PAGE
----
Exchange Traded Funds Can Be An Excellent Investment Option
Let’s start here…many people ask me about this thing called ‘ETFs’. This is market ‘lingo’ that explains a kind of trading vehicle. This vehicle has trading symbols and you can purchase ETFs – in the same fashion as any other listed stock that you think of buying.
What is an ETF – means ‘Exchange Traded Fund’. What’s special about ETFs? – it’s this – they have listed securities that track broad indexes and sectors of the stock and financial markets. There are many different issuers that offer a variety of types of ETFs.
What are some of the kinds of Exchange Traded Funds that you might be looking for? There are ETFs that represent the Dow Jones Industrial Average (the ‘Dow’), and there are ETFs that represent the NASDAQ Stock Index, and there are ETFs that represent the Standard & Poor’s 500 Stock Index – to name a few. And why would you want to buy them? For two reasons: (1) one ETFs enable you to invest in a broad portfolio of stocks and (2) when you buy them, you know that they correlate directly to the market information that you are hearing quoted each and every day on websites and market news on TV for their indexes.
While Exchange Traded Funds are not considered either mutual funds or stocks – they have some of the same characteristics of both. ETFs trade like a stock (meaning that their price is readily quoted and their price fluctuates during the trading day) – and ETFs look like a mutual fund in that they represent a broad holding of stocks. By contrast, though, ETFs do not have a management fee like a mutual fund – and therefore are a more economical way to invest. ETFs trade frequently in the market so they have plenty of liquidity – meaning you can readily buy and sell them because there are lots of them out there being held by investors.
The Exchange Traded Funds that track the three major indexes noted above are the DIA’s (familiarly called the ‘diamonds’) for the Dow Jones Industrial Average, the QQQQs (familiarly called the Qs) for the NASDAQ 100, and the SPYs (familiarly called the ‘spys’) for the S&P 500. These three choices enable you to invest in a well-known piece of the market. You would use these choices when you expect the market to go up – because these are securities to buy at a lower price and then sell at a higher price.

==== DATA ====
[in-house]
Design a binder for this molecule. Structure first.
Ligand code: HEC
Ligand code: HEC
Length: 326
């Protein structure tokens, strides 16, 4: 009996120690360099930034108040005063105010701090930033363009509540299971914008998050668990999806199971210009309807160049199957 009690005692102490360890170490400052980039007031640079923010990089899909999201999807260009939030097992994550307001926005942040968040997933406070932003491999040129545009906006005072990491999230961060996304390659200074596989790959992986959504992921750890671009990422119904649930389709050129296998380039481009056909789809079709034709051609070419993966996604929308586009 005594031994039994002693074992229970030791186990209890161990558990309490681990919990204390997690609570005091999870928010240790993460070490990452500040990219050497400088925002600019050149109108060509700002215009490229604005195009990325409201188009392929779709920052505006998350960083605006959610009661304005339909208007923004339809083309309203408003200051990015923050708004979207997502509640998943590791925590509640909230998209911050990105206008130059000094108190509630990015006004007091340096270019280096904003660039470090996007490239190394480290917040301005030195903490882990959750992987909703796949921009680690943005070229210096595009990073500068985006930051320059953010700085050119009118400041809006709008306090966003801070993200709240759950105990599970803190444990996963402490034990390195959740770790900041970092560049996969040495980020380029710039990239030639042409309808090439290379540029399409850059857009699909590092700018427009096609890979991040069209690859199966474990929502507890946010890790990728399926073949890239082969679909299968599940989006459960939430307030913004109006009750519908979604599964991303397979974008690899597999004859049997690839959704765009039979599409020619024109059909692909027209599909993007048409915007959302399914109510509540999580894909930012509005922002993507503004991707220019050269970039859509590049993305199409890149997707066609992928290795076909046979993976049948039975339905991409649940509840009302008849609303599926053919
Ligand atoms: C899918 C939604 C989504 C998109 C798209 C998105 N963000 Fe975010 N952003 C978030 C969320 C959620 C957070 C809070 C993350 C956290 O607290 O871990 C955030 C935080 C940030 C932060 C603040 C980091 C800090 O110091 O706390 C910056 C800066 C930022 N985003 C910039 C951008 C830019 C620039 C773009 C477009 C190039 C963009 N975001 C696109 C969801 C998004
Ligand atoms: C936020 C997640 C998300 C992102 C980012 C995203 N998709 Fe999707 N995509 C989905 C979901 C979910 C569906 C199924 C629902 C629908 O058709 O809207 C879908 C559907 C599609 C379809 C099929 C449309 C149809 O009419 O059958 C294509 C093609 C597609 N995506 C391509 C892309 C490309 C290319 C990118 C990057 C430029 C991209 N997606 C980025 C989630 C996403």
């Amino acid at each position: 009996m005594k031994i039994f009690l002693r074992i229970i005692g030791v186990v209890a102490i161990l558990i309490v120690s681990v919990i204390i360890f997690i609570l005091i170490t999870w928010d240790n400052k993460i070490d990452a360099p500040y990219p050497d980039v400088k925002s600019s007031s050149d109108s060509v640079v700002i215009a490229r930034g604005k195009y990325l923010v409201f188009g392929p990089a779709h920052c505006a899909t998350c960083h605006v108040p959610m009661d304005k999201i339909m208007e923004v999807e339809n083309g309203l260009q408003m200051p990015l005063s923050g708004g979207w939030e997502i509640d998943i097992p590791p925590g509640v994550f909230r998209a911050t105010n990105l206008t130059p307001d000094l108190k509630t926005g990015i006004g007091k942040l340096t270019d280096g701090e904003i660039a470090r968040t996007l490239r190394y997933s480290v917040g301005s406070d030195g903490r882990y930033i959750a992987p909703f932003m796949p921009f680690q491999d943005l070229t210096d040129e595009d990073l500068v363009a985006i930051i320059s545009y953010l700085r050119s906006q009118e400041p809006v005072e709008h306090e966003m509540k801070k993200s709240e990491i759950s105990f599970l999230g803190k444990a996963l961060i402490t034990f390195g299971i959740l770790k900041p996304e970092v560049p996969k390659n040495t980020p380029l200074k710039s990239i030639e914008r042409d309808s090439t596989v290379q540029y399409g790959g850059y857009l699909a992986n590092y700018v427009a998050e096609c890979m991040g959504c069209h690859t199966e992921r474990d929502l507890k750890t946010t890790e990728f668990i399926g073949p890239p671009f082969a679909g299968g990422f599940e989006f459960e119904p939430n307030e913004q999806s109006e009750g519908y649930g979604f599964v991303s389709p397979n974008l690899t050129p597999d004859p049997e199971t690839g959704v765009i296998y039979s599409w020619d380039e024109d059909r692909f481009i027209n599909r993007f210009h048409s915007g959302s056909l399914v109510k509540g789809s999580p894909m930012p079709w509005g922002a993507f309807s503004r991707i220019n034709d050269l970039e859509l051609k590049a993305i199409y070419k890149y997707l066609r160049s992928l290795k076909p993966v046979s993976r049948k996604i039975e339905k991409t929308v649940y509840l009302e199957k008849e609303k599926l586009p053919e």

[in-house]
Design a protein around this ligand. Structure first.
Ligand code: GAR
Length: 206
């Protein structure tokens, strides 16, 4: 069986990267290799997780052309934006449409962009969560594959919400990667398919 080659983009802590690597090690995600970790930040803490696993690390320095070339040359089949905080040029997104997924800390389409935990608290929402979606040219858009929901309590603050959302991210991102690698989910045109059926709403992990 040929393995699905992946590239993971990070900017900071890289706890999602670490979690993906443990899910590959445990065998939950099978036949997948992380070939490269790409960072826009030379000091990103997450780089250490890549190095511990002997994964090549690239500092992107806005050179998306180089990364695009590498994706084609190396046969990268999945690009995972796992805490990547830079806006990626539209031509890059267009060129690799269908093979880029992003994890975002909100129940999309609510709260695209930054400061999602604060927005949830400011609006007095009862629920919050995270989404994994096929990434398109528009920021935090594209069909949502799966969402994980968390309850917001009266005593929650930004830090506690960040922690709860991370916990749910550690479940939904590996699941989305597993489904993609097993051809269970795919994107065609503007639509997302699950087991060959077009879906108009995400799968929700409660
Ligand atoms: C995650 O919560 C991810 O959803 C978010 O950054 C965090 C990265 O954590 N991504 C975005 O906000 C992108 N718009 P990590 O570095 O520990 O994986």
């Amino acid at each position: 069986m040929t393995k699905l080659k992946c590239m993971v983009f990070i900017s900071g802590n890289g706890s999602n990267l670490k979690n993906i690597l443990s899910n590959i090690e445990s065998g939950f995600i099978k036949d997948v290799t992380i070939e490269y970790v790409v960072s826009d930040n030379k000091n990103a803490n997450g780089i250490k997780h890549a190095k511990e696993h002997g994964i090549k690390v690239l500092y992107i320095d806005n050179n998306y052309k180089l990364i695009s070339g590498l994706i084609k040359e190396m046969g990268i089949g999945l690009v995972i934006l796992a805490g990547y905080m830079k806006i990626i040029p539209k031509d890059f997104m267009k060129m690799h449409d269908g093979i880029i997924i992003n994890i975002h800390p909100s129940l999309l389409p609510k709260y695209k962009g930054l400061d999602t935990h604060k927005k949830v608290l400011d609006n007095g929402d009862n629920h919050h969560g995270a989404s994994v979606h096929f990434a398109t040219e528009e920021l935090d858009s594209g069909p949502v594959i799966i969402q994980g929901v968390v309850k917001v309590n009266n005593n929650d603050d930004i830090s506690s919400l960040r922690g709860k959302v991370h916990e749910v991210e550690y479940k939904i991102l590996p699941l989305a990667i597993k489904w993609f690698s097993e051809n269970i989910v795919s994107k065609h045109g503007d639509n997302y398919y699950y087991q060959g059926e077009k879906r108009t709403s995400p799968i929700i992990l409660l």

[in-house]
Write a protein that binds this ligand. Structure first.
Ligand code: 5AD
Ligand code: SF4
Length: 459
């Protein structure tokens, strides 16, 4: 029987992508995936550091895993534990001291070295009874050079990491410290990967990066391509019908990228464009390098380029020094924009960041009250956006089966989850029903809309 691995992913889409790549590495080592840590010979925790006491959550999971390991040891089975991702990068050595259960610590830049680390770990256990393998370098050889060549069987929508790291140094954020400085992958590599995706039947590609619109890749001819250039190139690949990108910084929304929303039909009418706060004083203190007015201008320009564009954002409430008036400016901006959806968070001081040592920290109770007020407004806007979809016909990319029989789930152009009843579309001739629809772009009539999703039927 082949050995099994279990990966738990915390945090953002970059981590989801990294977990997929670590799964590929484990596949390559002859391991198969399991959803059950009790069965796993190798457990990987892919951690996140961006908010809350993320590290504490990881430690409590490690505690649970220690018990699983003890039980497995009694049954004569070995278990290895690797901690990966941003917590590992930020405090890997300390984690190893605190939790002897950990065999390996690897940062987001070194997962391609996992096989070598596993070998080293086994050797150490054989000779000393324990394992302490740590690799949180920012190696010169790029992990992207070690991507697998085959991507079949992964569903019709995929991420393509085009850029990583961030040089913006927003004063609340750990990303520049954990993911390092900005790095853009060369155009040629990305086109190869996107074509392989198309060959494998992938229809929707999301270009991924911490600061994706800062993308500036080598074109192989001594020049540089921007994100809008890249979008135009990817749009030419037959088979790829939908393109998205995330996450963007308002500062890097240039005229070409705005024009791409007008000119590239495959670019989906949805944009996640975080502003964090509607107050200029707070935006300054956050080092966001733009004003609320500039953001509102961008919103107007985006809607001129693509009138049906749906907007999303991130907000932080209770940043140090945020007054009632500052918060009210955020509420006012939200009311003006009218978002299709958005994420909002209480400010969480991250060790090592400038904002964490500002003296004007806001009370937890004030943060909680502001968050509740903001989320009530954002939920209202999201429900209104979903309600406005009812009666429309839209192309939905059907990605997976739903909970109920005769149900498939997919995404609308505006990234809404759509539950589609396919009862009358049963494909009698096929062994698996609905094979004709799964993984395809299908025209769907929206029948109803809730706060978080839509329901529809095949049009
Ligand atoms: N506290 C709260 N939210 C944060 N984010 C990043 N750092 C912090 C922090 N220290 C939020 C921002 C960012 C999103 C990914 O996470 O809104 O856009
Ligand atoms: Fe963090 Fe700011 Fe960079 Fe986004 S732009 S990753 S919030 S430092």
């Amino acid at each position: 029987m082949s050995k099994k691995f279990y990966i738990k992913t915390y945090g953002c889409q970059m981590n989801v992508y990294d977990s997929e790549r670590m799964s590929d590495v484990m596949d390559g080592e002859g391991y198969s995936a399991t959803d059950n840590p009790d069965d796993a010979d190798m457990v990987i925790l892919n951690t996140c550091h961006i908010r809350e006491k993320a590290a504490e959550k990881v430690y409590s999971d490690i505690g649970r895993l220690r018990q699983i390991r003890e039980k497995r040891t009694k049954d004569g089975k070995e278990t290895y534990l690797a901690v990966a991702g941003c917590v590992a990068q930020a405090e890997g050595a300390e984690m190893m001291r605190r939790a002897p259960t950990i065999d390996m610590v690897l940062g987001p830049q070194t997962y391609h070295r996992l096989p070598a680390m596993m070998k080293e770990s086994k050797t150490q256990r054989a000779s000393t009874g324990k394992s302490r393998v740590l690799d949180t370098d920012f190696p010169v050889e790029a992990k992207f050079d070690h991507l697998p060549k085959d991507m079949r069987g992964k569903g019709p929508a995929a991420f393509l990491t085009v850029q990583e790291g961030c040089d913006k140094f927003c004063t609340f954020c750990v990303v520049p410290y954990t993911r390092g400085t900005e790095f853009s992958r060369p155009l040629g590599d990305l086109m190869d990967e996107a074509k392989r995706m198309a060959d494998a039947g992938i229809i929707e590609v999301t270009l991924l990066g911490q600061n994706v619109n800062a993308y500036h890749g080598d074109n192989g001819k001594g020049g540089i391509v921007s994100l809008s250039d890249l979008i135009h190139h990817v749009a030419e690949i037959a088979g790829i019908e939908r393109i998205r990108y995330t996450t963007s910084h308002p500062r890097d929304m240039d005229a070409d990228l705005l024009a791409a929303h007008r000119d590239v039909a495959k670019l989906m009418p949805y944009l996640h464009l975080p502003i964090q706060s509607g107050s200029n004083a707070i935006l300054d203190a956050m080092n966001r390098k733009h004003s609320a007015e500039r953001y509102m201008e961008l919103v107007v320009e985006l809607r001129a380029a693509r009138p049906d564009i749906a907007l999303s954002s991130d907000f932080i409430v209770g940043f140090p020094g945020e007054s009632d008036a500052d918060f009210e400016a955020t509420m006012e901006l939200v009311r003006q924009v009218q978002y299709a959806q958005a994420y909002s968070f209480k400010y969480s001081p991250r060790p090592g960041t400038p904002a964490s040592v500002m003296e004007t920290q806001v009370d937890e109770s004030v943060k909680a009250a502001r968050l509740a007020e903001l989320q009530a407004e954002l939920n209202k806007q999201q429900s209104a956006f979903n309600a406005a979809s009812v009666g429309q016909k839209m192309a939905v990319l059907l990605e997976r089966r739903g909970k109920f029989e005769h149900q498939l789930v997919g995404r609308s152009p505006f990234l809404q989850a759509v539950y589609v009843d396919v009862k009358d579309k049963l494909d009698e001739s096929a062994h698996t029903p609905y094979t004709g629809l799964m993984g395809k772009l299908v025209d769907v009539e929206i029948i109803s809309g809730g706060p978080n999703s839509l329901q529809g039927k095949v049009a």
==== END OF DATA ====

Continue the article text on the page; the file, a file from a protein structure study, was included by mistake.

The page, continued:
Because Exchange Traded Funds have grown in popularity, you can find many, many more to chose from – including ETFs for gold, the dollar, financial services, healthcare etc. This makes many segments and industries in the market available to you in the purchase of an ETF.
ETFs Allow You To Jump Into A Broad Selection Of Sectors
You can imagine – that in the past before Exchange Traded Funds were developed, which is a recent thing – that to own a broad selection of small-cap stocks (the new kids on the block), mid-cap stocks (those that have been around longer) and large cap-stocks (the ‘big’ guys) as well as some bonds – that you would have needed to purchase 30 or 40 individual stocks and a number of bonds, or invest in mutual funds which can be quite expensive. But with ETFs, you can invest in four ETFs, and you are done!
How many of you have questioned – what are the differences when comparing an ETF vs mutual fund? They can look similar on the surface. And by digging deeper – you see that Exchange Traded Funds have advantages that put them light years ahead of mutual funds. These include: (1) trading costs – they are cheaper to buy and sell, (2) management costs – these are minimal, (3) transparency – you easily know what you are buying, (4) trading flexibility – they quickly trade in the market all day long, (5) options – many ETFs are also ‘optionable’ which is not true of mutual funds.
Maybe now you are asking yourself why you would own mutual funds – good question – thank you. Exchange Traded Funds have great advantages. We’ll be talking more about ETFs. Here we have explored ETFs that trade on the ‘long side’ – meaning that they are appropriate when the market is showing a trend of going up. Later we will be talking about Exchange Traded Funds that trade on the ‘short side’ – meaning that these are appropriate investment choices when the market is showing a trend of going down.
Remember – if you don’t know what the market is doing – the choice is to put money in a money market account which is the equivalent of a ‘cash’ position.
Here’s how you would use an ETF: Let’s say that you notice that the market is going up – or that a segment of the market is going up, like health care, oil or gold rising. And, you aren’t picking individual stocks. You could do all of this by investing in these ETFs – U.S. Health Care (IYH), the U.S. Oil Fund (USO) and Gold (GLD). Nearly everything you can think of has an ETF – or there will be one coming soon – because this is an essential way that investors are choosing to invest these days.
Exchange Traded Funds can be foundational to your investing methodology to take charge of your money and grow wealth!
Joan Perry is the publisher of www.WomensWealth.money, the national authority site for women and money. She is a Best Selling Author of ‘A Girl Needs Cash’, Random House; and Living Proof, Celebrating the Gifts that Came Wrapped in Sandpaper (co-authored with Lisa Nichols). Joan is also the creator of The Women’s Wealth Model, A Heroine’s Journey to True Wealth,. As a pioneer in the field of women’s wealth, she founded the first female-owned investment banking firm that underwrote and traded municipal bonds for major governmental entities. Now as a women’s wealth advocate, she serves as a teacher, coach, writer and speaker.